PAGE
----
THE use of coal in power generation is relatively new in Bangladesh. While many countries like France, the United Kingdom, Denmark, Sri Lanka are planning to quit coal within next one decade or two, Bangladesh is planning to add about 19,000 MW new capacity of coal fired power station by 2041. Apparently, sensible world sees the end of coal driven policy because of its disastrous impact on health, economy and environment. But Bangladesh is going to become a dumping ground of obsolete technology and many countries such as India, Australia and Indonesia are seeking a new coal market in Bangladesh taking the advantage of its poor governance, rampant corruption, and weak environmental regulation.
Every new coal power plant is coming with plenty of business opportunities. Land acquisition, raw material supply, dredging, road or railway construction, supply of machineries and fuel, all together are several billion dollars of trade promise and corporations become so desperate that they even kill people whom they think as potential dissenting voice to their business interest. That is precisely why last year when thousands of people were protesting against 1,320 MW capacity of coal fired power plant at Banshkhali in Chittagong, Bangladesh, police and hired thugs of S Alam Group attacked and shot four people to death, leaving more than hundred people injured. Few weeks later, I visited Banshkhali, talked to people, tried to figure out why they were protesting against coal fired plant and what is it that led them to go for civil disobedience.
People of Gondamara in Banshkhali are mostly farmer. They cultivate rice and salt. When the S Alam Group started to buy land there, they tried to convince people with misinformation. Local people from the company and Bashkhali land office cheated public by showing the land as a barren one in the document and claiming that only 150 household live in the entire area. Apart from purchasing about 655 acres of privately owned land for the coal plant, the group has demarcated several hundred acres of khas (government) land in Gondamara. And, it is not uncommon in rural Bangladesh for landless people to take shelter in khas land. However, during my visit, I couldn’t find anyone that agreed with the claim. I found Gondamara as a vibrant rural area where farmers are busy in their field, school going children are returning to their home in groups and women are doing their household chores. Fear of losing livelihood and shelter on khas land turned hundreds of landless families in coastal Gondamara of Banshkhali against the proposed coal-fired power plant of the S Alam Group.
Since 2015, they are protesting when they first came to know about this project. They kept organising against the proposed power plant project. On April 4, 2016, they had a planned protest meeting at Hajipara School field. Upon arriving at the school premise, they found ruling party cadres are already there to prevent them from holding the meeting. Police imposed section 144 to foil their protest. The villagers defied section 144 and began demonstration to protect their land and livelihood from corporate land grabbing. Police shot fire and killed Anwarul Islam, 44, and his elder brother Mortuza Ali, 50, Zaker Ahmed, 50, and Md Zaker, 50, from Gondamara. Local people believe that it was not only police but also the company paid goons in police dress attacked their house, charged sound grenade, tortured women and children and shot their cattle.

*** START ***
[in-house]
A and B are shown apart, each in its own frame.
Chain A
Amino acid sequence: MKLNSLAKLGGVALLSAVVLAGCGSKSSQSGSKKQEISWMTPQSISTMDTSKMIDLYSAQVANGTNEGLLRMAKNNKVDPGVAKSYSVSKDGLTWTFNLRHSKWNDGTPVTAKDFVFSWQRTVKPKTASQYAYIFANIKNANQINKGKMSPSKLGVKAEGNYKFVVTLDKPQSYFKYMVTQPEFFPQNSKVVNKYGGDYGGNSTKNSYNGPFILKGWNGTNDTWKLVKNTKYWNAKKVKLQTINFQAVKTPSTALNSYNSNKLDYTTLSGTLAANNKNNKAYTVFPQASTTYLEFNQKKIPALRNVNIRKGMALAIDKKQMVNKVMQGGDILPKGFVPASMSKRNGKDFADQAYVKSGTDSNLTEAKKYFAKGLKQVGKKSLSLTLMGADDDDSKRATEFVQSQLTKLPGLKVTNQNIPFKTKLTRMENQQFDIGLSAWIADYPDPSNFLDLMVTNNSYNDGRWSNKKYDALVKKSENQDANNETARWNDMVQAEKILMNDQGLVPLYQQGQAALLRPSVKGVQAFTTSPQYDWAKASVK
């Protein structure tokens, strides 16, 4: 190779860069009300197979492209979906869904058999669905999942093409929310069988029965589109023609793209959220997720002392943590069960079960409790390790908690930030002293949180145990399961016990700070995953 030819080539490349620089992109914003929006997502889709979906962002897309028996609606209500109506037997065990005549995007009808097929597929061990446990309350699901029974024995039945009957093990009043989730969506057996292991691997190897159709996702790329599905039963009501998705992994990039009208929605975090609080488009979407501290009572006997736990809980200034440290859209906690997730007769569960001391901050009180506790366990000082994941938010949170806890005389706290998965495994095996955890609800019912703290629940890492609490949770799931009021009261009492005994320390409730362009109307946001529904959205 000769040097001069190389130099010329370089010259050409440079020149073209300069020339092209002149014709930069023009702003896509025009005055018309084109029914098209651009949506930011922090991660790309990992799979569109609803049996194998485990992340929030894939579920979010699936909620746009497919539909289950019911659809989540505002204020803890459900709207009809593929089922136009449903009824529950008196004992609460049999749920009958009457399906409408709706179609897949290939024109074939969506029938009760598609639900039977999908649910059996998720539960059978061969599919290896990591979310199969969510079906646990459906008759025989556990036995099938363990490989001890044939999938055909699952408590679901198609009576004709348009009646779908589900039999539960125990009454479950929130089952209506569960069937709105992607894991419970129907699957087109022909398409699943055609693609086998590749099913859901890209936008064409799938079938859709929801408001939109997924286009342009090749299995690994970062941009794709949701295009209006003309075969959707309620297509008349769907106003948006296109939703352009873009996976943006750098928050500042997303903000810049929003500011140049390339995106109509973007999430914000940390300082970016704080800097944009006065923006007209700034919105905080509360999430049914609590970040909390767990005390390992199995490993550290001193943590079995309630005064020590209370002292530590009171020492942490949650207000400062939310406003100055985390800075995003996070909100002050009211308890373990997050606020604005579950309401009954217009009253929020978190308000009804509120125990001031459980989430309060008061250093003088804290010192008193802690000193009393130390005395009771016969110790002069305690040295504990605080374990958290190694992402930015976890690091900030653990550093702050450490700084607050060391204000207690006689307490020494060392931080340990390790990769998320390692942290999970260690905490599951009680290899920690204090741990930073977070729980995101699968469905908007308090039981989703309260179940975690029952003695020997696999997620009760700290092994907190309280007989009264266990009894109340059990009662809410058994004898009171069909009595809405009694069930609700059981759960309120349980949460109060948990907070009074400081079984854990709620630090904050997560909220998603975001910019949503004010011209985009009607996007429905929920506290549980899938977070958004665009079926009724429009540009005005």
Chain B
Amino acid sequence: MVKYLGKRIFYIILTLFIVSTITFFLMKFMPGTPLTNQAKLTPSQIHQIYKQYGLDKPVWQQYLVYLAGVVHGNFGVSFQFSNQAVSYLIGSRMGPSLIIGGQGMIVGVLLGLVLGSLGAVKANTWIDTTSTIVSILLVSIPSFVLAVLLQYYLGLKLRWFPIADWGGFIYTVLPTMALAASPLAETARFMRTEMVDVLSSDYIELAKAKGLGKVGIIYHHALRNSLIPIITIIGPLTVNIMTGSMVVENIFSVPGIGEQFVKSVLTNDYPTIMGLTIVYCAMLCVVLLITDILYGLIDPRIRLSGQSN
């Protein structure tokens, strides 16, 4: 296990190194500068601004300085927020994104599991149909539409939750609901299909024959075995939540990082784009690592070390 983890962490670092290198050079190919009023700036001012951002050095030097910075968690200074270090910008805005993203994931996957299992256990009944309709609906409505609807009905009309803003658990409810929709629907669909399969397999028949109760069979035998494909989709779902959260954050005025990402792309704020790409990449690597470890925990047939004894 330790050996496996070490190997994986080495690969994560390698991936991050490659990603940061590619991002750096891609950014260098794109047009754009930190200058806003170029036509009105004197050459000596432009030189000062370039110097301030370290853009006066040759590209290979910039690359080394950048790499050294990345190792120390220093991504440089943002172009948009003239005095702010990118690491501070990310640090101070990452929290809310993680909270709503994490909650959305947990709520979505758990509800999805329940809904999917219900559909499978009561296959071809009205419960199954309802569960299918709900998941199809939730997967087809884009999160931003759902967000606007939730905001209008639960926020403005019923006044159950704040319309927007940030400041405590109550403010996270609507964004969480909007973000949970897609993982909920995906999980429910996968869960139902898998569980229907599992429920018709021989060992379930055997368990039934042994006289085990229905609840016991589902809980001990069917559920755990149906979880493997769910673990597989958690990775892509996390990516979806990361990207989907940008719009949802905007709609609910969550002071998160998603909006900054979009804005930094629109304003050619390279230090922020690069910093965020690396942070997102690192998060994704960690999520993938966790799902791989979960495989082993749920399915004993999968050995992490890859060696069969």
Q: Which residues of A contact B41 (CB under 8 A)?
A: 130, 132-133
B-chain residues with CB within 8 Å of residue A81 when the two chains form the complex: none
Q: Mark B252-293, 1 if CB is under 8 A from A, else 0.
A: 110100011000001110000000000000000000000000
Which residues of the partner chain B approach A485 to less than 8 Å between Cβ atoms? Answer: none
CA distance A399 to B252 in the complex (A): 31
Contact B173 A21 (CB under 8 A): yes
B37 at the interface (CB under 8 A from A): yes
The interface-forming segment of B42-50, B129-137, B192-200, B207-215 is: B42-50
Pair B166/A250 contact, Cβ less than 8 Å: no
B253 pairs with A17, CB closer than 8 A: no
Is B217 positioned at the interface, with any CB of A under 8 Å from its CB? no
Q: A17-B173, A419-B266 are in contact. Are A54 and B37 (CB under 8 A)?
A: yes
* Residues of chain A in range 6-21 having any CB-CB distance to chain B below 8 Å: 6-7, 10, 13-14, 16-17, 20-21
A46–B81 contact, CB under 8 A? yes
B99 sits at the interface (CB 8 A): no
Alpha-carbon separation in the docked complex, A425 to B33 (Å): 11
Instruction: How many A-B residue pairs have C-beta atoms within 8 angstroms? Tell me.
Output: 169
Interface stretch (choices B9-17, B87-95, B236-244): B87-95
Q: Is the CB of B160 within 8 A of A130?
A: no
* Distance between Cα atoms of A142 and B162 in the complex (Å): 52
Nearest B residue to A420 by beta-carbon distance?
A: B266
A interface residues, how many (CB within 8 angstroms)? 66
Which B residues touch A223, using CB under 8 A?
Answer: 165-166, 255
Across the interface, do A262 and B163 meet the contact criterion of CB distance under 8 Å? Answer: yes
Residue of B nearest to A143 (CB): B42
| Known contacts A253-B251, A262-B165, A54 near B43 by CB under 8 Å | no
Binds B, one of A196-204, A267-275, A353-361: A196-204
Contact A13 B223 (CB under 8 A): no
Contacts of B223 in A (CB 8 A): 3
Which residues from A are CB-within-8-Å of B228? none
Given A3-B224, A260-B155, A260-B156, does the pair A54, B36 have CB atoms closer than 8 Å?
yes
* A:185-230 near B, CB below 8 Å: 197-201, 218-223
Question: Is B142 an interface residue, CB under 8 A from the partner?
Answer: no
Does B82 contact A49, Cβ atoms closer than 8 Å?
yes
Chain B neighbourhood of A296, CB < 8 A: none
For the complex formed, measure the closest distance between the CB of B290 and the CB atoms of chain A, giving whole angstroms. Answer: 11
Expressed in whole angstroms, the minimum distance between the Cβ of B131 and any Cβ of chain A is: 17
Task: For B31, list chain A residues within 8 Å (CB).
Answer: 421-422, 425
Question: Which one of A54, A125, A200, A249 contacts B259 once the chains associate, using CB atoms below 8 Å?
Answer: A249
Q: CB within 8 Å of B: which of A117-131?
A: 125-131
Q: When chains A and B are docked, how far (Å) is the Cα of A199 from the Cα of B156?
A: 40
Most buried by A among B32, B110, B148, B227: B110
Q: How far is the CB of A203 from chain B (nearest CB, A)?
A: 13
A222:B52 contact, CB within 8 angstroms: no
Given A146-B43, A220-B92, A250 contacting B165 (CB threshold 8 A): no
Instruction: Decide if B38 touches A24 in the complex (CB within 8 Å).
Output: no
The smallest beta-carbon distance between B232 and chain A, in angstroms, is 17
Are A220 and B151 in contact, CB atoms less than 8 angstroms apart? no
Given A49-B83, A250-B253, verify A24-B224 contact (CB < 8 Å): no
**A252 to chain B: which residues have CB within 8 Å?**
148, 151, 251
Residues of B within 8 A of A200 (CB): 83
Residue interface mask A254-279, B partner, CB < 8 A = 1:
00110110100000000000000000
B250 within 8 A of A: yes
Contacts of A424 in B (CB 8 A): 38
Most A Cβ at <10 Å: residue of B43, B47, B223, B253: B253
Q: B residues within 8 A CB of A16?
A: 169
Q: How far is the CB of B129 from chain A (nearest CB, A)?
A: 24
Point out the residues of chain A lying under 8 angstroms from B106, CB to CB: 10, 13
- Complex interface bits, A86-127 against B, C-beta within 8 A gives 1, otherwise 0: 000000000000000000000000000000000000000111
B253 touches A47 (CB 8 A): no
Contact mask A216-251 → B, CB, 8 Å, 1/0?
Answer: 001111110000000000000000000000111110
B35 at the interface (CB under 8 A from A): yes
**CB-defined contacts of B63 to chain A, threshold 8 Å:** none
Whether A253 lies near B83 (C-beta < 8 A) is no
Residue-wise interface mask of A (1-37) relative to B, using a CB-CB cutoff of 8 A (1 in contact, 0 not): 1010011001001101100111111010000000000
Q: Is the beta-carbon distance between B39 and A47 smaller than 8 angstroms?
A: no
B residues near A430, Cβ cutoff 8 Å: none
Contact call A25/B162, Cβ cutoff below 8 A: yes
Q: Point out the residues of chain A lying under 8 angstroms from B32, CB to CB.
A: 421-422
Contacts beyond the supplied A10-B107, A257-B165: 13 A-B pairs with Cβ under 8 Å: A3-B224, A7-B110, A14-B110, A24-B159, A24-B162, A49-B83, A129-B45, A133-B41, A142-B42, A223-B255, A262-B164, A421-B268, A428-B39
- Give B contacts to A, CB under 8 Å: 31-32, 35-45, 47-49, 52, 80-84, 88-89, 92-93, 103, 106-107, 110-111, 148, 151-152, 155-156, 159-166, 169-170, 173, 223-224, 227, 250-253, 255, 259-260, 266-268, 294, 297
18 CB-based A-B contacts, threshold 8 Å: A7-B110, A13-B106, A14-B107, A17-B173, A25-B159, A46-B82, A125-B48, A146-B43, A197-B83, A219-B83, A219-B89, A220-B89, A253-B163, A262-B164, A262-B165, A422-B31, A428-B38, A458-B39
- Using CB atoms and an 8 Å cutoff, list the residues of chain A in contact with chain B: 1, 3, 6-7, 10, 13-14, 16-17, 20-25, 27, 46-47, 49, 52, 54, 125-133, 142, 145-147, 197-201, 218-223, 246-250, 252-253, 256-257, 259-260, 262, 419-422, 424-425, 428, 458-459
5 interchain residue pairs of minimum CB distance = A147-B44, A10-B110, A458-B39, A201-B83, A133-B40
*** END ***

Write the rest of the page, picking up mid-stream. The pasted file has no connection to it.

I asked one woman who was present at the rally and was beaten mercilessly by the goons, ‘what was it that moved you so much that you didn’t even care for your life?’ She asked me in return, ‘what life without your land to live is and food to eat?’ ‘We are living here for generations,’ she emphasised. ‘Here lies our root. How could they even think of evicting us from our land!’ she replied. I found her so determined in her belief and I think such belief will not fade with any forced imposition of imposed dream of ‘government’s development.’ Farmers showed me their field, fishermen showed their catches and everyone believes that coal pollution is going to ruin these all. I was surprised and thought how they know these every detail impact of coal! It was mind-boggling to find that the local youngsters and teenagers browse through different Facebook groups, environmental site and youtube channel. They shared the information with the elders, showed videos on coal pollution and even organised several projector shows of the documentary based on coal pollution and its impact. I wanted to know about the online sites they visited and videos they used to watch. They brought out their mobile phone with tremendous interest and some started to play already downloaded video and some tried to load the site and was struggling with their slow internet connection.